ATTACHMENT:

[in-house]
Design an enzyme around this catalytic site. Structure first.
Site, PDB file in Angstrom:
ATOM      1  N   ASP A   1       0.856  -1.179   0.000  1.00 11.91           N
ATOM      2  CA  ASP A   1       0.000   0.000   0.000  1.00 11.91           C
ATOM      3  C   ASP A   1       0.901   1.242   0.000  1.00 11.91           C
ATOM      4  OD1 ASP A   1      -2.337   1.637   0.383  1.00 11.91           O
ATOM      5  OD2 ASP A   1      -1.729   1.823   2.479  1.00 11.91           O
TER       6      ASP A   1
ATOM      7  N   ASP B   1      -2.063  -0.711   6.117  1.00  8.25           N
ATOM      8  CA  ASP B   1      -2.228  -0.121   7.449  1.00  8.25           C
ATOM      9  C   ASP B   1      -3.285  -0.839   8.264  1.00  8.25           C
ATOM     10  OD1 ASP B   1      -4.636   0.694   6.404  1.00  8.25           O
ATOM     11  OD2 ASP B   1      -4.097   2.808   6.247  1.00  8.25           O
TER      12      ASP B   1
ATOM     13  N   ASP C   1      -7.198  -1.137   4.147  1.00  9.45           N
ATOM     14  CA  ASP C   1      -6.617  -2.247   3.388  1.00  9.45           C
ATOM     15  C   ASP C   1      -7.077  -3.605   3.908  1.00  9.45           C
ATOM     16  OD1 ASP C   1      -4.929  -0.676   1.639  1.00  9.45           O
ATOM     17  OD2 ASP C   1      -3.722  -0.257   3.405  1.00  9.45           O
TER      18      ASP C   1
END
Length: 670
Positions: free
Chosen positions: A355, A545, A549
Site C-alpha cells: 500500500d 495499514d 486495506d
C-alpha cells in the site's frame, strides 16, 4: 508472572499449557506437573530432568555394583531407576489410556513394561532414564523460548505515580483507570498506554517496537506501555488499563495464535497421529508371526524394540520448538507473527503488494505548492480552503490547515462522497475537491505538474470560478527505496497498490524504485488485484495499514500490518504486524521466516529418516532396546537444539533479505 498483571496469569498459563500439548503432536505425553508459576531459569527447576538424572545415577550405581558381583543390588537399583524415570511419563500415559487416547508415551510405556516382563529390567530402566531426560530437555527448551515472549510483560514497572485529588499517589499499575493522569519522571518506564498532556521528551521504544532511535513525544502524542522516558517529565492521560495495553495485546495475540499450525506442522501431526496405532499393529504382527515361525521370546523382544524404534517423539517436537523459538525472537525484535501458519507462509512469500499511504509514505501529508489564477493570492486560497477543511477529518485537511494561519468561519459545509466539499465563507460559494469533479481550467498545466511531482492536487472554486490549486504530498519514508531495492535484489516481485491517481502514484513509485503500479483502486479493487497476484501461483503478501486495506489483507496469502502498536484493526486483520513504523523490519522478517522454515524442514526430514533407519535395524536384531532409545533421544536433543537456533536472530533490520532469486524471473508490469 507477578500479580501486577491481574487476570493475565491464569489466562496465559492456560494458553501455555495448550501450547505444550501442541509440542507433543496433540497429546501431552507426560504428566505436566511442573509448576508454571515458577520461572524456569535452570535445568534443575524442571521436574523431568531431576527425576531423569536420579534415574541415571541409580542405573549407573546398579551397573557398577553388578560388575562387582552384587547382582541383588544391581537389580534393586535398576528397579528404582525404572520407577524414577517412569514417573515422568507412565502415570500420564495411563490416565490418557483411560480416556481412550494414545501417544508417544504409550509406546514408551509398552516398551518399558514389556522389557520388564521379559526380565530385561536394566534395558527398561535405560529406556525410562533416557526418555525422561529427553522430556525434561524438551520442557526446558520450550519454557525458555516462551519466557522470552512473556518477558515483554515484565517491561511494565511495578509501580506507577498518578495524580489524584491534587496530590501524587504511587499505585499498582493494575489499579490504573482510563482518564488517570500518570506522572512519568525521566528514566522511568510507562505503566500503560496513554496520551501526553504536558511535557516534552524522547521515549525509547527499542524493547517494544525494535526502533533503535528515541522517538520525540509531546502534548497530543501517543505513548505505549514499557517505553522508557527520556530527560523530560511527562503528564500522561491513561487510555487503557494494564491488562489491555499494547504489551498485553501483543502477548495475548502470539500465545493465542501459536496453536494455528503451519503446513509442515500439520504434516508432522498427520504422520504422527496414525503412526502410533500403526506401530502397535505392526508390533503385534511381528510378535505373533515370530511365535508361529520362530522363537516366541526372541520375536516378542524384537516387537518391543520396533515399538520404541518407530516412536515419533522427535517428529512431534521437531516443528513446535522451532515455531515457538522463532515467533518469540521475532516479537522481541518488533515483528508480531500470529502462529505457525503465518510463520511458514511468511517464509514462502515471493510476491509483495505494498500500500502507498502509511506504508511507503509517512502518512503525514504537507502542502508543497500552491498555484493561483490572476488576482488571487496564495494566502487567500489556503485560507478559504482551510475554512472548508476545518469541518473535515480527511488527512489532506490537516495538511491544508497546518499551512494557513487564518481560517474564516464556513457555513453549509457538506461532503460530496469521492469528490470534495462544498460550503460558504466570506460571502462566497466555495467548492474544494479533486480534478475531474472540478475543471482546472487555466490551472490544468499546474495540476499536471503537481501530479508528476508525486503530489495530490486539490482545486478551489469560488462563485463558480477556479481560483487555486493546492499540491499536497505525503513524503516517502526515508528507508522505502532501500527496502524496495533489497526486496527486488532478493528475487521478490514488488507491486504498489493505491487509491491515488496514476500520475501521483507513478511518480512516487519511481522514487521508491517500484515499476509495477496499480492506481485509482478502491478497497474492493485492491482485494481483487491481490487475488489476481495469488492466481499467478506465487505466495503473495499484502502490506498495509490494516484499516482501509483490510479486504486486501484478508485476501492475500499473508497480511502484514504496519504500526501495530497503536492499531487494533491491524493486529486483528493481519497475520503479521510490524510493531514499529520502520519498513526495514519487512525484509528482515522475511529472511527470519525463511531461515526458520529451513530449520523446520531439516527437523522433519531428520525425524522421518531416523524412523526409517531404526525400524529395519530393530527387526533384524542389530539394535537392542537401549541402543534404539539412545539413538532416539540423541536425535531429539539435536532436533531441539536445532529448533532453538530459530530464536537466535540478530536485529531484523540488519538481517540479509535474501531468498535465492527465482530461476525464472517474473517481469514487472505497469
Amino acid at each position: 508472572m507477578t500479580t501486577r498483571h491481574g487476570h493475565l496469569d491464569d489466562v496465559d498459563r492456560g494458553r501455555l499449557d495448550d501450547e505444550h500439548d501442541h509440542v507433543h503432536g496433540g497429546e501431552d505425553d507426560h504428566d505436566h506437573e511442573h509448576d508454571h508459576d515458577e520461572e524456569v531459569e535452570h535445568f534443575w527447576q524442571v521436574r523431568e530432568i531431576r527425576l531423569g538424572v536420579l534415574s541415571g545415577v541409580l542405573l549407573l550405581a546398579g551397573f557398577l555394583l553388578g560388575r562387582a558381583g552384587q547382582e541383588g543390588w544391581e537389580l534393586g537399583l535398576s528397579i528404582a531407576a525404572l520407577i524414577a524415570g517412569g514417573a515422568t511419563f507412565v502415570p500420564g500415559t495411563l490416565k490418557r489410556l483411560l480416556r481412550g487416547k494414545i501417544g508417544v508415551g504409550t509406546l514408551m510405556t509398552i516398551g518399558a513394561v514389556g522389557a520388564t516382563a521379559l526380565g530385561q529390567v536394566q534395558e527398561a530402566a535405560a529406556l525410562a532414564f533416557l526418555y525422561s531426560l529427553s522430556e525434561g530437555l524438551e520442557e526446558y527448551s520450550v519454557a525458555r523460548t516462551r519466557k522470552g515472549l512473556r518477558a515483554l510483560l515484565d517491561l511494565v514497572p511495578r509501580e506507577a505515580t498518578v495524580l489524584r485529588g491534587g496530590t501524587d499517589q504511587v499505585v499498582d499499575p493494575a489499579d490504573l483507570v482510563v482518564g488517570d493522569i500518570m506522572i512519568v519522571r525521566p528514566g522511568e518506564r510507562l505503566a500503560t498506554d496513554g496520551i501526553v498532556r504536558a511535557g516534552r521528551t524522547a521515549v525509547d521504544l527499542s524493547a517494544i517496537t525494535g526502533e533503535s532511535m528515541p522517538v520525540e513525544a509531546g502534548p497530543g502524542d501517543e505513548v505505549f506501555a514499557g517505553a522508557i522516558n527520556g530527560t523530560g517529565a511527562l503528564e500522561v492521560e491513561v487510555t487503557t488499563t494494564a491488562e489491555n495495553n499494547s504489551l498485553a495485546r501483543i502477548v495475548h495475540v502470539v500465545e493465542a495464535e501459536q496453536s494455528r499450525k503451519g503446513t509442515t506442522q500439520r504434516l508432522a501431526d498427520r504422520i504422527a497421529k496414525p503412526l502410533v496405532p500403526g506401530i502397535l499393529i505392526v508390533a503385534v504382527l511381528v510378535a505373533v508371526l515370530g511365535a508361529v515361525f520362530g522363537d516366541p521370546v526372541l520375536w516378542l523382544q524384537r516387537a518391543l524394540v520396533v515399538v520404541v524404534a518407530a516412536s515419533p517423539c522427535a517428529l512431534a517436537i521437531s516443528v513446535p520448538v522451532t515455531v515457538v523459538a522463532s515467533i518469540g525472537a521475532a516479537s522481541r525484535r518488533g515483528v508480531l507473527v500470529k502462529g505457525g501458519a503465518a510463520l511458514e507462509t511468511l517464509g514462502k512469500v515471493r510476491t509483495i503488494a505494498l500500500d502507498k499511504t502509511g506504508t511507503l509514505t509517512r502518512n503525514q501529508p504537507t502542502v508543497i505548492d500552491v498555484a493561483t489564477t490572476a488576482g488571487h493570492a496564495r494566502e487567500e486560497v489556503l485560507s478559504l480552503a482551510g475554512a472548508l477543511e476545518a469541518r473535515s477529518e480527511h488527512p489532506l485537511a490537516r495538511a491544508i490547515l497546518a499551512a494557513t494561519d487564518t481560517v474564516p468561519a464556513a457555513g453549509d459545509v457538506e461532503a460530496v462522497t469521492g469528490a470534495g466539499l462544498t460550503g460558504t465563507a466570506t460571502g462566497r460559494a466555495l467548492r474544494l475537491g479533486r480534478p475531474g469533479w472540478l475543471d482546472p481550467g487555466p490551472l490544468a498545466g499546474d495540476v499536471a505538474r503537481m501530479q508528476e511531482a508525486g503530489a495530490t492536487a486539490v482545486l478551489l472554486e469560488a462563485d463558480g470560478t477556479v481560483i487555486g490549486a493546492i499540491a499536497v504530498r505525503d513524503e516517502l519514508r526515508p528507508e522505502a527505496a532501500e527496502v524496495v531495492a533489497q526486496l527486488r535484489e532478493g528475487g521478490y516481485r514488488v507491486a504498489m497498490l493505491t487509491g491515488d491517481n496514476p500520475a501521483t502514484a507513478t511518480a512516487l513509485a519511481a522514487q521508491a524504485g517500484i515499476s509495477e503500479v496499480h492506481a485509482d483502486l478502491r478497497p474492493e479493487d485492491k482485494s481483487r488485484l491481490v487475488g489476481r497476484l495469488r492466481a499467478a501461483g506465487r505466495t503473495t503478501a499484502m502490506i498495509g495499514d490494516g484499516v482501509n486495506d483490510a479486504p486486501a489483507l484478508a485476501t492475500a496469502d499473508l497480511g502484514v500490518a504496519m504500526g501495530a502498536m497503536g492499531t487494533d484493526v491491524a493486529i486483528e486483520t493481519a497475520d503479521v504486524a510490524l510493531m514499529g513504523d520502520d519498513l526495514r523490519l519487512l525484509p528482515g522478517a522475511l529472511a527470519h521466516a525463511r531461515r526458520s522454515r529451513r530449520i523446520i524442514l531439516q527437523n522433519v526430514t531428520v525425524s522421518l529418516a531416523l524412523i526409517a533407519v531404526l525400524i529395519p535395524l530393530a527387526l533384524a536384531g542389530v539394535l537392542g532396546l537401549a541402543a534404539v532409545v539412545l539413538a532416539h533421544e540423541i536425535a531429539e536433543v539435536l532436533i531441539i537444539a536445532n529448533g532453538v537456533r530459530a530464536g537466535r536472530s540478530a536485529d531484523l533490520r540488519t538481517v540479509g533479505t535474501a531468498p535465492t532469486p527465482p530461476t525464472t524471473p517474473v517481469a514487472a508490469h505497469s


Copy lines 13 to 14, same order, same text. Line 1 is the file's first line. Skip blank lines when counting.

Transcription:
ATOM     10  OD1 ASP B   1      -4.636   0.694   6.404  1.00  8.25           O
ATOM     11  OD2 ASP B   1      -4.097   2.808   6.247  1.00  8.25           O